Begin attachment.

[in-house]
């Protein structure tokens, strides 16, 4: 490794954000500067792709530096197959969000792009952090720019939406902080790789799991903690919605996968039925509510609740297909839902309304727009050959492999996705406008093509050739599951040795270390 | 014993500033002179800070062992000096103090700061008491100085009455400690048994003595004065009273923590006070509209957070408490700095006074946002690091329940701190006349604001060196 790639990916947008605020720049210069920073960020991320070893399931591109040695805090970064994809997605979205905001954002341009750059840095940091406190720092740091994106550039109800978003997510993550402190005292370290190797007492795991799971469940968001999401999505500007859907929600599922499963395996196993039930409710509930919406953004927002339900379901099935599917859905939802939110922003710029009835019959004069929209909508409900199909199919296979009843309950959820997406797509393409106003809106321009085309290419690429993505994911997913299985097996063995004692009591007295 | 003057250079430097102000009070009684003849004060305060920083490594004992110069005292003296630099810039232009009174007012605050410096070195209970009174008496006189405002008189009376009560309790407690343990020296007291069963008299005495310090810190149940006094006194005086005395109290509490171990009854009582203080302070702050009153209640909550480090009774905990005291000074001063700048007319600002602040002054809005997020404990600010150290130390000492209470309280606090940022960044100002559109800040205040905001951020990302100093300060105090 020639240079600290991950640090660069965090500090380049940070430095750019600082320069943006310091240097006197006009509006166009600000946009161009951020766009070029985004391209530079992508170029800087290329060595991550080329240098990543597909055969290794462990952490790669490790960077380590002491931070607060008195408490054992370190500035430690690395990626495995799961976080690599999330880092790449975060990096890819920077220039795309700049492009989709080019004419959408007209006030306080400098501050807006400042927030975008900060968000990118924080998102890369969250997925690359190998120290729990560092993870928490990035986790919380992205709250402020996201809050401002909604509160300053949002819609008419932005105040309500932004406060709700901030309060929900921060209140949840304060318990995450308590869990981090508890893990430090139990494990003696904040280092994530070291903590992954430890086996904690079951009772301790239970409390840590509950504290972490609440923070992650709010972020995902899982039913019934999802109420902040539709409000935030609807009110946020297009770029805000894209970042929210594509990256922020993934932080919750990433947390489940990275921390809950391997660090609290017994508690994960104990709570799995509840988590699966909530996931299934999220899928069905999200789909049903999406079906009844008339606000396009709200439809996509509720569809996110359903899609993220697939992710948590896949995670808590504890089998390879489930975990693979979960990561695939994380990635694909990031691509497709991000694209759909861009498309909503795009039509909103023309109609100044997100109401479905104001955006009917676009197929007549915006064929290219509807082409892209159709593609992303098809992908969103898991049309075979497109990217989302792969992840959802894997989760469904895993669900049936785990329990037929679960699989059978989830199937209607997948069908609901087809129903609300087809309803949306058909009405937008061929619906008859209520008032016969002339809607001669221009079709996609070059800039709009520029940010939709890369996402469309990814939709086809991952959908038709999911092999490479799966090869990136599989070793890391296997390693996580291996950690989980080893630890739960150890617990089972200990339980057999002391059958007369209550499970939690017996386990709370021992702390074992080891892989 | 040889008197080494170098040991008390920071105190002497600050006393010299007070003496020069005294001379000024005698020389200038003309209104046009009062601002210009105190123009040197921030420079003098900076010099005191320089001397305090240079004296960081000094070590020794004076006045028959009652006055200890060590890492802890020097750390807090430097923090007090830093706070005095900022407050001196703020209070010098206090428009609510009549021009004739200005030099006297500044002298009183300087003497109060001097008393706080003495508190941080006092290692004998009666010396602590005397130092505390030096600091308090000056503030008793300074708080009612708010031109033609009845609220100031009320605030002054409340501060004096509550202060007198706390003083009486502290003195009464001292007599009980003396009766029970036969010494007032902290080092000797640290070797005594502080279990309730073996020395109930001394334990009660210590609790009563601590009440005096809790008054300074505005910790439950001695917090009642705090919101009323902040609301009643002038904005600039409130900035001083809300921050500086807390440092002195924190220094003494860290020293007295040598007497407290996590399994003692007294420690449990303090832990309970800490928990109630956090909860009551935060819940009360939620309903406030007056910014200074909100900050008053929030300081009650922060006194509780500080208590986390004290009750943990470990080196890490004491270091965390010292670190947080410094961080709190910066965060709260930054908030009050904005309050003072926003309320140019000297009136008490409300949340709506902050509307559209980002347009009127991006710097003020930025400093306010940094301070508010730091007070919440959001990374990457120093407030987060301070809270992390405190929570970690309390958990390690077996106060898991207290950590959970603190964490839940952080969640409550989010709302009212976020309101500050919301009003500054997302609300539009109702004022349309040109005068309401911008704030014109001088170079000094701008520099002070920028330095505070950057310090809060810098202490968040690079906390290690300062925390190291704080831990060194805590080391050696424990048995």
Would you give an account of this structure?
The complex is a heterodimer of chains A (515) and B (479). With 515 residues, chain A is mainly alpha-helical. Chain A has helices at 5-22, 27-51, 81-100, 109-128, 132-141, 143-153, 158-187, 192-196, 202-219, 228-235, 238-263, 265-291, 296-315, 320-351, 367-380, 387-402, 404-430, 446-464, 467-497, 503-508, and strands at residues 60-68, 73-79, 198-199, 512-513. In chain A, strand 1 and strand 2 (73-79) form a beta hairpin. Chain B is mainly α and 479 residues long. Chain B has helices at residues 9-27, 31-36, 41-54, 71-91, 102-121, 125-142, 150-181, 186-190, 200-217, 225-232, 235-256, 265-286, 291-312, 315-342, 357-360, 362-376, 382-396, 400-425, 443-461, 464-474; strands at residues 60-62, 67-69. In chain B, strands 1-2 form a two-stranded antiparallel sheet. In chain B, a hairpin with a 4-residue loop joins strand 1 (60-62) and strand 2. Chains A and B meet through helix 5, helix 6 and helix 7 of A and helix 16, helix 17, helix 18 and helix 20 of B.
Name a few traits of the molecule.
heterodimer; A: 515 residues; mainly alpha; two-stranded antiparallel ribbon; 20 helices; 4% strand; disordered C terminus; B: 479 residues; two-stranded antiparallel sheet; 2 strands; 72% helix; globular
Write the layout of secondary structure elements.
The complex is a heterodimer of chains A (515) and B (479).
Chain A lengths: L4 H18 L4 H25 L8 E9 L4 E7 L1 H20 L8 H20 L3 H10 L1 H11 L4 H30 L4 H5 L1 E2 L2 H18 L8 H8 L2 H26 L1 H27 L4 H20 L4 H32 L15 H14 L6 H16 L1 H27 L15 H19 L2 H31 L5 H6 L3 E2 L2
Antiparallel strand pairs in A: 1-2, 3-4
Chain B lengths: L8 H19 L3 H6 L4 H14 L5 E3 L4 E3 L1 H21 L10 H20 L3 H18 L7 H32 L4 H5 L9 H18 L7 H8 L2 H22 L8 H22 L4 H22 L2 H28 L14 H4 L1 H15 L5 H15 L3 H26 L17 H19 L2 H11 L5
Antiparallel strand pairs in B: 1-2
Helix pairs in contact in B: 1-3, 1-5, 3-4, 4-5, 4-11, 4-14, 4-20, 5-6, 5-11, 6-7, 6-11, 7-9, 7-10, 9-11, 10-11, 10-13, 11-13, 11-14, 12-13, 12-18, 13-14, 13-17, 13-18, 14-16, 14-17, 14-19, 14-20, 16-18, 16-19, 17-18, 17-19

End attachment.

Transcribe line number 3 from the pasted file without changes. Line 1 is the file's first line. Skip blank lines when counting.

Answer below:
Would you give an account of this structure?